The absence of information on the lawful bases for processing personal data, users rights, the exclusion of the DPO’s contact, and the unregulated restriction to transfer users’ personal data across borders in the non-EU users’ privacy policy also raises questions around the compliance with requirements for the international transfer of data in these countries.  While the absence of data protection laws in some countries may leave them without legal protection, it behoves WhatsApp to adopt measures and best practices to protect the users and inform data subjects of their rights, the lawful basis for processing, and the limitation of Facebook’s use of their information despite the absence of laws in those countries.

Besides, it is also a wake-up call to countries with data protection laws and established regulators like Australia, Japan, Qatar, Senegal, Mauritius and the rest to set the boundaries and demand compliance with their respective laws. At best, similar to what is obtainable in the EU privacy policy. South Africa has taken the lead in this regard by engaging in discussions with Facebook to determine if the Whatsapp privacy policy complies with the Protection of Personal Information Act (POPIA).

The non-EU users’ privacy policy structure could be changed to a layered structure for ease of reading.

It is worrying that the new policy section could allow Whatsapp Business to provide Information such as “purchase receipts” for instance, about users and ads targeting users through their interactions with businesses. In a blog post, WhatsApp has stated that “…whether you communicate with a business by phone, email, or WhatsApp, it can see what you are saying and may use that information for its marketing purposes, which may include advertising on Facebook” – a statement which might have achieved the opposite effect of pacifying suspicious users. Nonetheless, it is essential to clarify that this applies to interactions with WhatsApp for Business.

For its previous controversies, Facebook does not appear to inspire confidence in preserving users’ data rights. WhatsApp collects many metadata related to usage and device performance and may collect personal data mentioned under “Information We Collect” which it also shares with other Facebook companies. Therefore, a useful tack might be a more substantial commitment to data protection and privacy, evidenced by consistent actions and transparency.


The newly introduced updates that have created uproars is not so different from the previous privacy policy save for some differences. The data-sharing relationship between Whatsapp and its parent company has been in existence since 2016. The sad deprivation of non-EU users of fundamental rights and privileges in WhatsApp’s privacy policy is yet another reaffirmation of WhatsApp and more significantly, its parent’s company, Facebooks’ worrisome privacy and data protection practices.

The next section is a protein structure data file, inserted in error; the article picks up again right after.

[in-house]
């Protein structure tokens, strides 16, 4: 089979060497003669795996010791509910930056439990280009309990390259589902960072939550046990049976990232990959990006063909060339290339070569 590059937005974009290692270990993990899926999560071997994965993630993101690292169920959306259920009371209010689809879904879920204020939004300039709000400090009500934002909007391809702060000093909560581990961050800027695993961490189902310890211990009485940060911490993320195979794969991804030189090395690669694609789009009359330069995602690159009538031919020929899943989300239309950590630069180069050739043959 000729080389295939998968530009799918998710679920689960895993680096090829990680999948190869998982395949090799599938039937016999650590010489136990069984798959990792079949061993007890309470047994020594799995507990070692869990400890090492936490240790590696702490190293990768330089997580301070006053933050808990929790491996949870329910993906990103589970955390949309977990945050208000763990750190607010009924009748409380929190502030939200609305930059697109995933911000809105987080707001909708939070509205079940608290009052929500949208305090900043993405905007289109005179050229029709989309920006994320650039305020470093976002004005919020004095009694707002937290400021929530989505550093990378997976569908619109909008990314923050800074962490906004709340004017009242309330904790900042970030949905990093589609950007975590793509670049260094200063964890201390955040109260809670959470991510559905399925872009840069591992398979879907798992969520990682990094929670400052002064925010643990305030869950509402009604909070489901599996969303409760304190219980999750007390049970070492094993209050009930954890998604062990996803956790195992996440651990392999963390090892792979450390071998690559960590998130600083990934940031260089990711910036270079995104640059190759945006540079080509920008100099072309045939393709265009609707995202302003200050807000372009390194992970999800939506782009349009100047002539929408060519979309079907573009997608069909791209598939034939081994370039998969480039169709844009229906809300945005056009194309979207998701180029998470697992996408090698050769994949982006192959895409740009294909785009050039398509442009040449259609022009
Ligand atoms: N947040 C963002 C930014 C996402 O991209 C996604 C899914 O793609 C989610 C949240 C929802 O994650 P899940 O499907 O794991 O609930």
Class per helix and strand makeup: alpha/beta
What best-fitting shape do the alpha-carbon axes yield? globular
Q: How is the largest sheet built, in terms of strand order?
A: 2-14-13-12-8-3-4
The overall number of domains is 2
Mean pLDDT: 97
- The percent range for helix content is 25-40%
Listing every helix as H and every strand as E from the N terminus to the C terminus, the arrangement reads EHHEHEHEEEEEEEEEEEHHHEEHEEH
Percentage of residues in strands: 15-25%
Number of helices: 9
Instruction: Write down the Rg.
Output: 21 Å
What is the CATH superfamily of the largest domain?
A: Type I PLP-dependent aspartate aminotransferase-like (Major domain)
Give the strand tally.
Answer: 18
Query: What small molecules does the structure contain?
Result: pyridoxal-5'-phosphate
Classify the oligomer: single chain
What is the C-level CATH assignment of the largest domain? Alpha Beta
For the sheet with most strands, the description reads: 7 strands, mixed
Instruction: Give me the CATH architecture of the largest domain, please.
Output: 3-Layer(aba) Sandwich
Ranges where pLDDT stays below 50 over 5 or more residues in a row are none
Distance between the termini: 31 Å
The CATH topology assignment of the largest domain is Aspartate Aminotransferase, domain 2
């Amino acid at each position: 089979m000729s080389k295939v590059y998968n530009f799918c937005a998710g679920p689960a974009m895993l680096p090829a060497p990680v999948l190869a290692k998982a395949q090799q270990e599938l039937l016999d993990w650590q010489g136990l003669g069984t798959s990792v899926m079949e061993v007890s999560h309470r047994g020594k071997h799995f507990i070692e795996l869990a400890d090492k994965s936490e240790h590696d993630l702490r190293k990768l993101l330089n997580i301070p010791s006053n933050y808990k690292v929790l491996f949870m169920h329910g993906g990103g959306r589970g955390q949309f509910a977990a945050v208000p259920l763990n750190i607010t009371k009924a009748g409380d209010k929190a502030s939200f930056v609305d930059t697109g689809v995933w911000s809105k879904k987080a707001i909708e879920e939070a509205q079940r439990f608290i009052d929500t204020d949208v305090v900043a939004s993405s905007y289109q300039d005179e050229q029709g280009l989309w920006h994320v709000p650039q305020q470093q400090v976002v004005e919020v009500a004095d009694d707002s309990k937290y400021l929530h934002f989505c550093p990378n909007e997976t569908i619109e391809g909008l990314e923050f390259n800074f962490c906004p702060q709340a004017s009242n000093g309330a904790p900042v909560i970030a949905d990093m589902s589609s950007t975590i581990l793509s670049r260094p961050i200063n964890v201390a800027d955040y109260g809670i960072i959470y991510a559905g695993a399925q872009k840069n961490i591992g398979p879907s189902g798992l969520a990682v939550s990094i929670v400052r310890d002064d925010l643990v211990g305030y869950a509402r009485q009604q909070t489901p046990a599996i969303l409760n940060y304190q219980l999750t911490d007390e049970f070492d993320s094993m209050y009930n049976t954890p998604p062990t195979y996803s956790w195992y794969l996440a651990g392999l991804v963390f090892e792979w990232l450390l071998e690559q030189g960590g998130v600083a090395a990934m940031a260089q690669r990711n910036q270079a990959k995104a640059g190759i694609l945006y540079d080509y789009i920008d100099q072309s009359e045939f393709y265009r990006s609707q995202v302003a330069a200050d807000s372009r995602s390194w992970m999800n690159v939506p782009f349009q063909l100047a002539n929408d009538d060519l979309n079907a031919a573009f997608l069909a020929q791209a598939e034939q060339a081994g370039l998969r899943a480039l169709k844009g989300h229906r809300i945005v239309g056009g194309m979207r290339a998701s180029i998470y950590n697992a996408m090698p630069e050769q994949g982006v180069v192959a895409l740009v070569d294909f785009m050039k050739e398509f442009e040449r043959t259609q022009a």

Appendix I

WhatsApp’s Service and How it Processes Personal Data

According to the Information provided by WhatsApp, the following are practices expected:

  • Automatic collection of information relating to how users interact with businesses on WhatsApp; Information concerning when you registered; the features you use like messaging, calling, status, groups (including group name, group picture, group description), payments or business features; profile photo, “about” Information; whether you are online, when you last used WhatsApp (“last seen”).
  • Collection of more transaction information which now includes payment method, shipping details, and transaction amount.
  • Collection of Information ( your interactions and your messages with them or others) on a reporting and reported user
  • Businesses using WhatsApp services may provide WhatsApp with Information on interactions with you; they may share your information within their organisation or outside under the applicable laws.
  • Collection of personal data or chat provided by users when they contact customer support
  • Expansion of Business interaction on WhatsApp such as catalogues that can be used to browse through products.
  • WhatsApp now offers services to businesses such as providing them with metrics concerning their use of the service

How Businesses can use Facebook Hosted Services to Store and Manage their WhatsApp Chats

    Some businesses might be working with third-party service providers (which may include Facebook) to help manage their customers’ communications. For example, the Facebook hosting service. In this case, “whether you communicate with a business by phone, email, or WhatsApp, it can see what you are saying and may use that information for its marketing purposes, which may include advertising on Facebook.”

How WhatsApp Partners with Facebook to offer integration across the Facebook company products

    The third-party service providers which WhatsApp uses now include Facebook companies- Facebook Payments Incorporation, Facebook Payments International Limited, Onavo, Facebook Technologies LLC, Facebook Technologies Ireland Limited, WhatsApp Inc., WhatsApp Ireland Limited, and CrowdTangle.

Allows you to connect your Facebook Pay account to pay for things on WhatsApp or enables you to chat with your friends on other Facebook company products.


Favour Borokini, Tojola Yusuf and Nurudeen Odeshina